FCFB History

In 1916, Fulton County farmers organized at the urging of an area banker to follow a state-wide trend of creating “county agricultural associations”. 314 farmers attended the first meeting on March 17 of that year at the Canton Country Club. These became the first members,  some reports have stated that these first members paying $100 dues to start the organization’s coffers.

By 1924, 1103 members were paying $15 per year to be a member of the Fulton County Agricultural Association – which is still the legal name of the Fulton County Farm Bureau.

The rallying call, and slogan, at that time was “In Service for Farmers”. Members first joined to form “purchasing power”. For instance, as a result of listening meetings held in each township, Farm Bureau became aware that there was a serious need of bringing in large quantities of clover and alfalfa seed. Orders were pooled with the Canton Farmers Elevator and a train car load of seed was purchased at a great savings to the farmer members.

Farm Bureau encouraged farmer members to test their soils and provided that service for the first time in 1924, resulting in the ordering of 132 train car loads of lime to improve the conditions of Fulton County fields.

In the area of livestock management assistance, Farm Bureau used their buying pool to purchase vaccines to protect against hog cholera, a disease of epidemic proportions at the time. This serum supply program saved farmers nearly $200,000 in the first 5 years of the service.

In the legislative arena, Farm Bureau secured cooperative marketing laws and farm product inspection laws, prevented increases in farmland taxes and freight rates on livestock shipments, and worked with the railroads to allow a reduction in the minimum weight of shipping hogs and to allow mixed cars of livestock; saving farmers nearly $300,00 annually.

The group went on to form affiliate companies including a livestock marketing cooperative, a farmer supply cooperative, and even a Farm Loan Association. The most notable affiliate, however, is an auto insurance company piloted in Tazewell County, which proved to save members at “least their Farm Bureau dues.” In 1925, Farm Bureau filled another void in farm management by creating the Country Mutual Reinsurance Company, organized to provide fire protection on farm buildings owned by members; a service no other company offered or wanted to offer! The insurance companies became what we know today as Country Insurance and Financial Services, which up until several years ago was called Country Companies.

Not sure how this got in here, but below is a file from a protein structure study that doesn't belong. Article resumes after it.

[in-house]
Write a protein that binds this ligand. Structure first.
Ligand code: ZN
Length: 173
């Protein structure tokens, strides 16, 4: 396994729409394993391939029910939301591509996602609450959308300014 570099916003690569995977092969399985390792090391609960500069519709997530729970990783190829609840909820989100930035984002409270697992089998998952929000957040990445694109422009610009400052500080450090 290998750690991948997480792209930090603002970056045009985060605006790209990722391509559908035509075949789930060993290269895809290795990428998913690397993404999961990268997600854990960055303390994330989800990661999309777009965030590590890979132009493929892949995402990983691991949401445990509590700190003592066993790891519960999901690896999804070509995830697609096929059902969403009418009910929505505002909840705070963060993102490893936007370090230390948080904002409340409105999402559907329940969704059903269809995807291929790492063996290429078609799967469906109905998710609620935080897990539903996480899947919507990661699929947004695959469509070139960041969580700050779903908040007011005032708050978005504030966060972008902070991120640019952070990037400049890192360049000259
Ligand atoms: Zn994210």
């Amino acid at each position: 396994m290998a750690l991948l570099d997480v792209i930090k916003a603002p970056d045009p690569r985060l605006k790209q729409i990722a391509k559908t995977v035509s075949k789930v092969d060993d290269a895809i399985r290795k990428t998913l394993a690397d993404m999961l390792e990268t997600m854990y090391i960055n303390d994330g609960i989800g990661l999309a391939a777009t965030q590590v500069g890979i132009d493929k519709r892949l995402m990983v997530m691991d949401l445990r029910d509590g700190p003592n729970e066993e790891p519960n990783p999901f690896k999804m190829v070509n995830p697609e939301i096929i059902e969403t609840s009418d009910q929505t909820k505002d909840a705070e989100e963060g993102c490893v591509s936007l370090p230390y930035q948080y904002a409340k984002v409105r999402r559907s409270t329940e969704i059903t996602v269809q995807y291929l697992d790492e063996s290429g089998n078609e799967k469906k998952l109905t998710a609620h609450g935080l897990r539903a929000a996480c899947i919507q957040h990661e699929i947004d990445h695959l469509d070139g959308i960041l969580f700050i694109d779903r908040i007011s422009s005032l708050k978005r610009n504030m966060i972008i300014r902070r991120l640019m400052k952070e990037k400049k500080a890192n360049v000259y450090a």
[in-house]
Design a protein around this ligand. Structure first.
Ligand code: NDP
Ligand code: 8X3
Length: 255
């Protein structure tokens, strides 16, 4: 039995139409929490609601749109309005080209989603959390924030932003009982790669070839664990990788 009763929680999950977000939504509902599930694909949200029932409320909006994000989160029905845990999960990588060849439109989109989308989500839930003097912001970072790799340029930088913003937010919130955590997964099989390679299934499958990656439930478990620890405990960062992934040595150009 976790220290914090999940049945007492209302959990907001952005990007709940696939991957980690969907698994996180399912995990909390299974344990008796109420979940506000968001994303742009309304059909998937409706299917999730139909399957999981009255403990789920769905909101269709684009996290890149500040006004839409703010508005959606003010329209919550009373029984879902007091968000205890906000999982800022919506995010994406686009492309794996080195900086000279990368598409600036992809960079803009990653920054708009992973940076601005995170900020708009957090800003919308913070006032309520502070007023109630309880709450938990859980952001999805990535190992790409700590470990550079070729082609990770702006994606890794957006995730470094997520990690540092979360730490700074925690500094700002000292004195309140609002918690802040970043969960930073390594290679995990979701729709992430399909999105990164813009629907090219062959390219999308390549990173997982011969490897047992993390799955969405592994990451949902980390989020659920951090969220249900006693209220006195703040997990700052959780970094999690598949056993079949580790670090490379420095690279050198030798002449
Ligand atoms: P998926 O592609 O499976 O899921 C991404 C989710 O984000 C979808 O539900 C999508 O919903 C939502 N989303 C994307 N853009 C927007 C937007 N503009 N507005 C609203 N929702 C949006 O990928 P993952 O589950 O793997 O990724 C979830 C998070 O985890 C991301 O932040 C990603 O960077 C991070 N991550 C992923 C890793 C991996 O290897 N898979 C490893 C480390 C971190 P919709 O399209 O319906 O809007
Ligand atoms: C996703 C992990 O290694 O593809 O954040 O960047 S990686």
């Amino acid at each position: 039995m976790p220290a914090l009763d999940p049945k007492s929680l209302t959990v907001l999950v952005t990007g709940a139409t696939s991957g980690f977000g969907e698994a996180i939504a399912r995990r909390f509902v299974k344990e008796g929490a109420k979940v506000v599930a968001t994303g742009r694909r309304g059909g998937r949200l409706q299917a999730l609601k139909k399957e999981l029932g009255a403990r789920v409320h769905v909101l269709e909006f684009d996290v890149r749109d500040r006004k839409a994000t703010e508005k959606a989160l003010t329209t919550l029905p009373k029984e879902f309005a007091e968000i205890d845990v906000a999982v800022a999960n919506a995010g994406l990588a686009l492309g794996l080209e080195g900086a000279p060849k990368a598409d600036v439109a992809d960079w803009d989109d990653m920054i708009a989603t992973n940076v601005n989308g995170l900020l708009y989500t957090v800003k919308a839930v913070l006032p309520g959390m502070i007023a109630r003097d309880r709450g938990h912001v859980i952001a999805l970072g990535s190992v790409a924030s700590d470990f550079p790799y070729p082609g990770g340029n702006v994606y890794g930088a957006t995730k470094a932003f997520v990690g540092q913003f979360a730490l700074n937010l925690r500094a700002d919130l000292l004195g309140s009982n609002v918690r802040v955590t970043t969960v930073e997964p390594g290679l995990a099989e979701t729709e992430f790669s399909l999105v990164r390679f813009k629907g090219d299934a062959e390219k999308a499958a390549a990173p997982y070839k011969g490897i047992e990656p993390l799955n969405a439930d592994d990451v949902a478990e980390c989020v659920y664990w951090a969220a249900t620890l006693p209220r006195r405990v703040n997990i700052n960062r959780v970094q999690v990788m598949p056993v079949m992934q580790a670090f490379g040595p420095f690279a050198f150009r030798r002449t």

As with any industry or business, changes have happened over the years within Farm Bureau and the affiliates to adapt to the changes brought on by modern life and farming. Some of the original affiliates, including the Serum Company, the soil testing service, the Farm Loan Association, and the livestock marketing service are now a thing of the past. Other affiliates, such as County Insurance, Prairie Farms Dairy, and the cooperative buying company (the FS system) have grown beyond what those earlier member ever imagined.

Over the years, other affiliates have been added. These include the IAA Credit Union, Agrivisor market advisory service, and the IAA Auditing Association, just to name a few. Membership was also changed in the mid 1980’s by allowing non-farmers to join the organization at a reduced dues rate. This provided them the opportunity to enjoy all of the benefits of Farm Bureau, except for the privilege of holding office in the organization and voting on policy.

What has not changed over the last one hundred plus years, however, is the goal and mission of the Fulton County Farm Bureau. That goal is to provide valuable benefits to its members; both farmers and non-farmers alike. Leaders and staff members of the organization lobby state and national law-makers to ensure farmer and rural-resident friendly regulations. Farm Bureau offers educational programs for producers and rural citizens, and works to revitalize our rural communities.

We offer members exclusive discount privileges on hotels stays, long distance phone service, internet services, car rentals, GM trucks, eye and ear care, local restaurants and businesses and much more.

We invite everyone to consider the benefits of becoming a Fulton County Farm Bureau member by stopping by the office located at the north edge of Lewistown. It was true in 1916 and is still true today; “Membership Means Value!”

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